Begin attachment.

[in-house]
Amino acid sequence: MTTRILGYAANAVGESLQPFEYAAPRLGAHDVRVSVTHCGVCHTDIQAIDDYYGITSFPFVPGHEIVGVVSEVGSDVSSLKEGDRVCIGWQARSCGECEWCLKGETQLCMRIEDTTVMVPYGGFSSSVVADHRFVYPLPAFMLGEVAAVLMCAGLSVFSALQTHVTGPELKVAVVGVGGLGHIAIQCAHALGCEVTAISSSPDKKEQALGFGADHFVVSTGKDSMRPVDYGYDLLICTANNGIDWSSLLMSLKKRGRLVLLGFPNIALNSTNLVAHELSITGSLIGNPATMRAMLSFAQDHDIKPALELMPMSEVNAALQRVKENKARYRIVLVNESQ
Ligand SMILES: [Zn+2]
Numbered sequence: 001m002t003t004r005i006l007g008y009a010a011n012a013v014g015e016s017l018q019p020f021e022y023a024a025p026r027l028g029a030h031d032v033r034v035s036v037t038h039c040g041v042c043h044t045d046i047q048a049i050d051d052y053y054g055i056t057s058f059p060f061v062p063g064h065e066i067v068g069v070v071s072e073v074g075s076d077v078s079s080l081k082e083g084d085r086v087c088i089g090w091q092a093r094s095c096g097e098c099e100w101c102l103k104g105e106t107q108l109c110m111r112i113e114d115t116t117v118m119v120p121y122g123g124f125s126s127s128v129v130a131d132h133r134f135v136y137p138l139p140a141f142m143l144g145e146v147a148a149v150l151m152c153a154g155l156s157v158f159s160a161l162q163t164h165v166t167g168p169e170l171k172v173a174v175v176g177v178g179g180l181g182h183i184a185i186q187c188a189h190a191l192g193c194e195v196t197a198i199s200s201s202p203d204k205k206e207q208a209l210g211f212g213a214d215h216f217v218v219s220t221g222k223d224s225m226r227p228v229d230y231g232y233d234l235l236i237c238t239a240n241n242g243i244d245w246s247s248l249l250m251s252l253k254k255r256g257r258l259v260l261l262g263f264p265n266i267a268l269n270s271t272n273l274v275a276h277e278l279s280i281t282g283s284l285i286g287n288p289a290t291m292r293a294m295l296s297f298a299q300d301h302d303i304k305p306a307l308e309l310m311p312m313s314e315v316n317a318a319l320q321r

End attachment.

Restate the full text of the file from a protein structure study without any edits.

[in-house]
Amino acid sequence: MTTRILGYAANAVGESLQPFEYAAPRLGAHDVRVSVTHCGVCHTDIQAIDDYYGITSFPFVPGHEIVGVVSEVGSDVSSLKEGDRVCIGWQARSCGECEWCLKGETQLCMRIEDTTVMVPYGGFSSSVVADHRFVYPLPAFMLGEVAAVLMCAGLSVFSALQTHVTGPELKVAVVGVGGLGHIAIQCAHALGCEVTAISSSPDKKEQALGFGADHFVVSTGKDSMRPVDYGYDLLICTANNGIDWSSLLMSLKKRGRLVLLGFPNIALNSTNLVAHELSITGSLIGNPATMRAMLSFAQDHDIKPALELMPMSEVNAALQRVKENKARYRIVLVNESQ
Ligand SMILES: [Zn+2]
Numbered sequence: 001m002t003t004r005i006l007g008y009a010a011n012a013v014g015e016s017l018q019p020f021e022y023a024a025p026r027l028g029a030h031d032v033r034v035s036v037t038h039c040g041v042c043h044t045d046i047q048a049i050d051d052y053y054g055i056t057s058f059p060f061v062p063g064h065e066i067v068g069v070v071s072e073v074g075s076d077v078s079s080l081k082e083g084d085r086v087c088i089g090w091q092a093r094s095c096g097e098c099e100w101c102l103k104g105e106t107q108l109c110m111r112i113e114d115t116t117v118m119v120p121y122g123g124f125s126s127s128v129v130a131d132h133r134f135v136y137p138l139p140a141f142m143l144g145e146v147a148a149v150l151m152c153a154g155l156s157v158f159s160a161l162q163t164h165v166t167g168p169e170l171k172v173a174v175v176g177v178g179g180l181g182h183i184a185i186q187c188a189h190a191l192g193c194e195v196t197a198i199s200s201s202p203d204k205k206e207q208a209l210g211f212g213a214d215h216f217v218v219s220t221g222k223d224s225m226r227p228v229d230y231g232y233d234l235l236i237c238t239a240n241n242g243i244d245w246s247s248l249l250m251s252l253k254k255r256g257r258l259v260l261l262g263f264p265n266i267a268l269n270s271t272n273l274v275a276h277e278l279s280i281t282g283s284l285i286g287n288p289a290t291m292r293a294m295l296s297f298a299q300d301h302d303i304k305p306a307l308e309l310m311p312m313s314e315v316n317a318a319l320q321r